A Day In The Life of an Enterprise Master Black Belt
Have you ever want to know what it would be like to work in a different job or industry? This week we launch the twice monthly "A Day in the Life" series. Find out what life is like on the other side of the fence as professionals just like you describe their daily job. This week R. Scott Bonney, an enterprise master black belt at the Office of the Secretary of the United States Army Office of Business Transformation, describes his daily routine.
I know it’s synchronized to an atomic clock to ensure accuracy. I know it has a battery back-up to prevent bias. I know it has a secondary alarm to minimize risk of operator error. So, how is it that my alarm clock still seems to go off too early? 4:42 a.m.? Ouch. That’s why.
My outfit is pre-staged next to the shower to reduce setup time. Point-of-use storage of chilled coffee in the fridge next to the pre-packed lunch. Wallet, keys, badge and lanyard, all 5-S’ed and ready, right next to pen, Sharpie and pack of sticky notes (ah, sticky notes, the MBB’s duct tape; don’t leave home without ’em!).
R. Scott Bonney is an Enterprise Master Black Belt with Office of the Secretary of the United States Army Office of Business Transformation
This is a standard start to a standard day.
To outsiders, it might look like I’m organized to the point of being anal retentive. In fact, I like my bed. Lean isn’t just the tool of the efficient; it’s the tool of the sleepy who know the dangers of mental haze. Mismatched socks = defect = bad!
Out the door by 0525 to reduce the constraint of the infamous Washington, D.C., traffic and maximize the customer requirement of family time by getting home at a reasonable hour. Twenty minutes of C-SPAN (about all I can handle) and I’m at the bus stop by 0545 and (somewhat) comfortably seated by 0550. I take time to read a few chapters from my Smartphone Bible before starting my work day.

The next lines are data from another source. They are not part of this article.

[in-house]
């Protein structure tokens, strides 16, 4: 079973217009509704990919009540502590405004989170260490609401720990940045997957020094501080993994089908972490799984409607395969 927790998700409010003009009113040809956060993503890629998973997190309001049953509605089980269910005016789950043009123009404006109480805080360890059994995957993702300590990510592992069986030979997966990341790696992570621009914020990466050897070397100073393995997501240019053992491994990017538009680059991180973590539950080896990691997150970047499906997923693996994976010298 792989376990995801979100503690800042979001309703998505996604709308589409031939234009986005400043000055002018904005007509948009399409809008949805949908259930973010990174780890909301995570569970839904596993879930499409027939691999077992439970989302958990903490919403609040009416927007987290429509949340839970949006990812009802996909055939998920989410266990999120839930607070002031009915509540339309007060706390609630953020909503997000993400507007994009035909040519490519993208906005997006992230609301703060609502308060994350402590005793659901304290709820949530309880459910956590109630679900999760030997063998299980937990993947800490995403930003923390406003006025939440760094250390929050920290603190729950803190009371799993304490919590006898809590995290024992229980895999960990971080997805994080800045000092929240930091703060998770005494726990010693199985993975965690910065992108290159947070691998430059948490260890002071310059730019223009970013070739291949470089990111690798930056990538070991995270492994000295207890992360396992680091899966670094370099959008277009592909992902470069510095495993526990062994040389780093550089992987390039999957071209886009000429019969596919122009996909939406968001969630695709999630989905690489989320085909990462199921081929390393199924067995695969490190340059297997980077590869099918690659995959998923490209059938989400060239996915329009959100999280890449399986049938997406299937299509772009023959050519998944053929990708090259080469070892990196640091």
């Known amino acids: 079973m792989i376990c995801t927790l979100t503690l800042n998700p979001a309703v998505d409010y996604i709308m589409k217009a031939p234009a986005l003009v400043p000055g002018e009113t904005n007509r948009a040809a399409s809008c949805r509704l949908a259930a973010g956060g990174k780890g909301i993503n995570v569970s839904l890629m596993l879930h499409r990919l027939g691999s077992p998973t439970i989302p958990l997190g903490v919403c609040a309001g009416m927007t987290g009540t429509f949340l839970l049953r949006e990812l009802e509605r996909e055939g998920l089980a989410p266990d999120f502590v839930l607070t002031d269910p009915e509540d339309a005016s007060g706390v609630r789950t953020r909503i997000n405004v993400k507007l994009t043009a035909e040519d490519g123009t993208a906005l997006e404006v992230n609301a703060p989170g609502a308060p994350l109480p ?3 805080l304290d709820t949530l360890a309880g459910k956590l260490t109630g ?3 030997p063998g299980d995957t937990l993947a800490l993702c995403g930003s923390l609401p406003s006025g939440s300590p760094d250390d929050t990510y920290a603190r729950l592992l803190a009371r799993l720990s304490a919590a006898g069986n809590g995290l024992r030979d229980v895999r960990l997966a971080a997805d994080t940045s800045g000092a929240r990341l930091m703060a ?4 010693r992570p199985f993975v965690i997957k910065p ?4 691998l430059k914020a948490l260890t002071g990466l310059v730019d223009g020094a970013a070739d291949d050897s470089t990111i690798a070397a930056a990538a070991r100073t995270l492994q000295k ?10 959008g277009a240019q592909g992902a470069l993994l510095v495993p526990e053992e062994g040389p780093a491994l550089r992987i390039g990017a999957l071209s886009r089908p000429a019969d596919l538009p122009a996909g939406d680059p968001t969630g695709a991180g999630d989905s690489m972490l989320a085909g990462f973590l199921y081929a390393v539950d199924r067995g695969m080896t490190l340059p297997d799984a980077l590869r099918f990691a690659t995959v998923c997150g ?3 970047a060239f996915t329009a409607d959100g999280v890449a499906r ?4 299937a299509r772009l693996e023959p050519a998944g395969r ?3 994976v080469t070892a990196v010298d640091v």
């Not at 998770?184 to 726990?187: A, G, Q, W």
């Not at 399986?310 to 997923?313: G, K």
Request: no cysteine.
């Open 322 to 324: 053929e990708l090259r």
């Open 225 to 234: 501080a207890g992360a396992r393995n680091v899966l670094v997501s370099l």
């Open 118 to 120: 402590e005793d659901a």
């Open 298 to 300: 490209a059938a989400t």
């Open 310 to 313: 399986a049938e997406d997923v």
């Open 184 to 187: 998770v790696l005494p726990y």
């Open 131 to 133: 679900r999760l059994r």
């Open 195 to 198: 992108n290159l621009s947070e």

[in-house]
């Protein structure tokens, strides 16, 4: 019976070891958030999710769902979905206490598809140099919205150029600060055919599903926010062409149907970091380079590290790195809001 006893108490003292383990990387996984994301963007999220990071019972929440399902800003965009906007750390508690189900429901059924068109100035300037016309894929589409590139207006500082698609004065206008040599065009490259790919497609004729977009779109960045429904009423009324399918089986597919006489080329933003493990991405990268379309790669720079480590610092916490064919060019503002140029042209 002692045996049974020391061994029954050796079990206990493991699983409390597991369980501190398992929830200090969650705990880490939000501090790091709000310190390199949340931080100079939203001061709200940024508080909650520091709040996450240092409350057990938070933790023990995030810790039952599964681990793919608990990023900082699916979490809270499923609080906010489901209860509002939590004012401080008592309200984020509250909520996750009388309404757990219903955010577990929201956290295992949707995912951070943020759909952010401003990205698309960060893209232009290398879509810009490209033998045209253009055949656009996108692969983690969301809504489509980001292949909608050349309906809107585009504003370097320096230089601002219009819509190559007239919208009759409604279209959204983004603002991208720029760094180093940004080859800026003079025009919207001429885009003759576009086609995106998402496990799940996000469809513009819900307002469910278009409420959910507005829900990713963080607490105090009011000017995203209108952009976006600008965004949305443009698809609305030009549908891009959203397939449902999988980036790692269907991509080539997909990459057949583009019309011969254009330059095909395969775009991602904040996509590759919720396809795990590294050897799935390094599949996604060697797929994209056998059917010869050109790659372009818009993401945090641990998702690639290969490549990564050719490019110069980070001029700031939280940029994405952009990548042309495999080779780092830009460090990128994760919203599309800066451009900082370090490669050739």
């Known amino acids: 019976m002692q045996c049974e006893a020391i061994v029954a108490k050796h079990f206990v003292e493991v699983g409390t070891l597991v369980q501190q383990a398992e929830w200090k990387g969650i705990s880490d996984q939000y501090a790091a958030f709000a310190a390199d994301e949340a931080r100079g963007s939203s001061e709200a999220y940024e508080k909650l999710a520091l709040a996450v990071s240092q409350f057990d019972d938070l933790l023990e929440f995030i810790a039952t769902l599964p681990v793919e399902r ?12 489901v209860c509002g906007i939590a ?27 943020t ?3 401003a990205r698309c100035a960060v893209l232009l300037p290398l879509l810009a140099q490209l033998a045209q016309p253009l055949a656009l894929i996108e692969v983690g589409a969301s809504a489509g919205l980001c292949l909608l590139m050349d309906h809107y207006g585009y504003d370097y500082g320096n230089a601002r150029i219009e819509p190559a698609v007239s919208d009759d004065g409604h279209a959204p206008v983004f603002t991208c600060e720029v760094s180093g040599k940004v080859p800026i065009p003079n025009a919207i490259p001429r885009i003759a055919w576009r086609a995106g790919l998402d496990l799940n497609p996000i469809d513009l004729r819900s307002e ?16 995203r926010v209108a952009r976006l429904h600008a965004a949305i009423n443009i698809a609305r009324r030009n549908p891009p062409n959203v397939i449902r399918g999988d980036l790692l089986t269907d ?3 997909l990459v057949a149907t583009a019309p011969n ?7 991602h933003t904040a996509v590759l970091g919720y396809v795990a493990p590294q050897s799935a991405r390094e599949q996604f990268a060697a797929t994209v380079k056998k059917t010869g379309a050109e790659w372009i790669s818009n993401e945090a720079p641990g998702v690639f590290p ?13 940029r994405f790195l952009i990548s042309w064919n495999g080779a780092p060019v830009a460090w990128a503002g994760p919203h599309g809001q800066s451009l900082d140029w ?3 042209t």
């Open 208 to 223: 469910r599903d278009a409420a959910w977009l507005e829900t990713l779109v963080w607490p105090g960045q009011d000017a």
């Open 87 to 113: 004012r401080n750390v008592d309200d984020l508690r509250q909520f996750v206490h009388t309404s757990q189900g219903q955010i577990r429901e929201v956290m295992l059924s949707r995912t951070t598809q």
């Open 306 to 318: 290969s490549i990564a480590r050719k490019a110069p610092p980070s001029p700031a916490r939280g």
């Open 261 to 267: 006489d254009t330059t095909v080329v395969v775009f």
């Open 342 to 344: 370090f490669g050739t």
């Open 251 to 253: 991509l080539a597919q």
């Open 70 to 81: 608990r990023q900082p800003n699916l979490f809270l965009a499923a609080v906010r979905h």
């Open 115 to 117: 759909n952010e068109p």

By 0600, my work day really begins. Thirty minutes left in the commute allows me to read and respond to several left-over e-mails and then review and update my schedule for what looks to be a busy day (what did people do before Blackberries?). Lots of meetings. Mental note: A meeting that doesn’t produce a product is non-value-added. I need to get consensus on our products before each meeting starts.
By the time I reach my office in Crystal City at 0630, I can focus on the most important constraint to my effectiveness: more coffee. Two cups of water go into two adjacent microwaves – one for instant oatmeal and one for coffee (two microwaves, two cups – it’s faster than batching with one pitcher, and I always have exactly the right amount of water). The three minutes of heating time is plenty for me to get back to my desk to pre-stage the instant oatmeal, put two scoops of coffee into the French press and power on my computer (the next system constraint) before heading back to grab the hot water. I know Lean says that the extra walking is waste, but Theory of Constraints says to get the longest job started first, so heating the water first actually speeds me to my goal of coffee, despite the minute of walking required.